In general, coping with GDPR requirements requires analysis of current situations, and assessing any areas where these requirements have yet to be fulfilled. Risk analysis will be necessary to identify vulnerabilities that require protective measures from mobile applications.
Establish new processes and modifications of existing applications
The next step will be the establishment of new processes and modification of applications to ensure maximum data security during the acquisition, transfer, storage and handling processes. It will also be necessary to integrate appropriate software or hardware to support security surveillance and auditing over operations involving data of EU citizens.
GDPR regulation has already been finalized and approved, and there is no doubt about the disruption it will cause to the processes and operations of companies in Europe.
Preparation should not be underestimated.
Take this short survey https://teskalabs.com/surveys/gdpr to see if your organization will be impacted by GDPR.
Alternatively, contact us to know more about our application security platform and prevent major cyber threats related to the apps that can affect your organizational and user data privacy.
Most Recent Articles
- TeskaLabs helps LINET with cyber security compliance for medical devices
- TeskaLabs and University hospital in Pilsen launches a pilot of zScanner - open source mobile app for medical photo documentation
- EV Charging Station security demonstrator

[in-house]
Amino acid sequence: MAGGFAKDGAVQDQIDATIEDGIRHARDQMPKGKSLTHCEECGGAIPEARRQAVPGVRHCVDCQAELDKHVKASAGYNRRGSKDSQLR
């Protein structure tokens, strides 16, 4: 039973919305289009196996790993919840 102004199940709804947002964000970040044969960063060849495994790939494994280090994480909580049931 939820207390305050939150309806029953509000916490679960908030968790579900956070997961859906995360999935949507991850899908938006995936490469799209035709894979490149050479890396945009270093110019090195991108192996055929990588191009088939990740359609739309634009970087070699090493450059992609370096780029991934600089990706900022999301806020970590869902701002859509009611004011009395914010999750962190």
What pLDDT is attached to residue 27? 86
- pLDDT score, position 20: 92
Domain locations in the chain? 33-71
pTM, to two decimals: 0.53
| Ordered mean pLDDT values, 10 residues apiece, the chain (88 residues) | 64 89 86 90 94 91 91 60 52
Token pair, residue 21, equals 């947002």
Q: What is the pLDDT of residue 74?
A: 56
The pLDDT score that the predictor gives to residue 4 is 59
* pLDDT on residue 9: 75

- Five Ways AI And Machine Learning Can Enhance Cybersecurity Strategy
- C-ITS ITS-S Security microservice
You Might Be Interested in Reading These Articles
OpenSSL DROWN Vulnerability Affects Millions of HTTPS Websites and Software Supporting SSLv2 (CVE-2016-0800)
DROWN is caused by legacy OpenSSL SSLv2 protocol, known to have many deficiencies. Security experts have recommended to turn it off, but apparently many servers still support it because disabling SSLv2 requires non-default reconfiguration of the SSL cryptographic settings which is not easy for common IT people who have limited security knowledge and don’t know the location to disable this protocol and the way to disable it.
Published on April 12, 2016
It’s clear that POS systems are a source of important and valuable data, and have the power to either speed up the progress or to stop the development of a company, depending on whether or not they are used. POS data is a business asset. Despite this vital importance, such an asset is not afforded the protection it deserves.
Published on March 07, 2017
Gartner reports that by the end of 2015, 75% of mobile apps will fail basic security tests. Over 2/3 of large enterprises have been breached via mobile applications. Each security breach up costs up to $3 million/year. The estimated annual cost of mobile cyber breaches is around $50 billion, globally and increasing.
Published on January 12, 2016